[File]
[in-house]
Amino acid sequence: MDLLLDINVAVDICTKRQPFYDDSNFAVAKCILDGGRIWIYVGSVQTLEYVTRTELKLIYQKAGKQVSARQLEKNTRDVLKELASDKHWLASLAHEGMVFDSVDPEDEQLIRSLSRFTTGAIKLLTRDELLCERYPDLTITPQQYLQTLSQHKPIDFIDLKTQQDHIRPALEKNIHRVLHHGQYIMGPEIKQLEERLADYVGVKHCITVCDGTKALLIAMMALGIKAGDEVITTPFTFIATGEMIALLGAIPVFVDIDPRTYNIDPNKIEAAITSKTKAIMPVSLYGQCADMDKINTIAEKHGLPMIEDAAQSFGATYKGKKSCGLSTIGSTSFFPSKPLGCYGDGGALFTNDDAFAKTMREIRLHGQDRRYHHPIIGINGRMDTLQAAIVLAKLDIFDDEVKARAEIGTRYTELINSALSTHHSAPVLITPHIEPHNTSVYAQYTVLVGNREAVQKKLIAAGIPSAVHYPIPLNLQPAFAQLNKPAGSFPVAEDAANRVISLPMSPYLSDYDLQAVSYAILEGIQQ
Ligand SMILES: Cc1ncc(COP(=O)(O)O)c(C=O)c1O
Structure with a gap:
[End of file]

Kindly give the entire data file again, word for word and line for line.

[in-house]
Amino acid sequence: MDLLLDINVAVDICTKRQPFYDDSNFAVAKCILDGGRIWIYVGSVQTLEYVTRTELKLIYQKAGKQVSARQLEKNTRDVLKELASDKHWLASLAHEGMVFDSVDPEDEQLIRSLSRFTTGAIKLLTRDELLCERYPDLTITPQQYLQTLSQHKPIDFIDLKTQQDHIRPALEKNIHRVLHHGQYIMGPEIKQLEERLADYVGVKHCITVCDGTKALLIAMMALGIKAGDEVITTPFTFIATGEMIALLGAIPVFVDIDPRTYNIDPNKIEAAITSKTKAIMPVSLYGQCADMDKINTIAEKHGLPMIEDAAQSFGATYKGKKSCGLSTIGSTSFFPSKPLGCYGDGGALFTNDDAFAKTMREIRLHGQDRRYHHPIIGINGRMDTLQAAIVLAKLDIFDDEVKARAEIGTRYTELINSALSTHHSAPVLITPHIEPHNTSVYAQYTVLVGNREAVQKKLIAAGIPSAVHYPIPLNLQPAFAQLNKPAGSFPVAEDAANRVISLPMSPYLSDYDLQAVSYAILEGIQQ
Ligand SMILES: Cc1ncc(COP(=O)(O)O)c(C=O)c1O
Structure with a gap: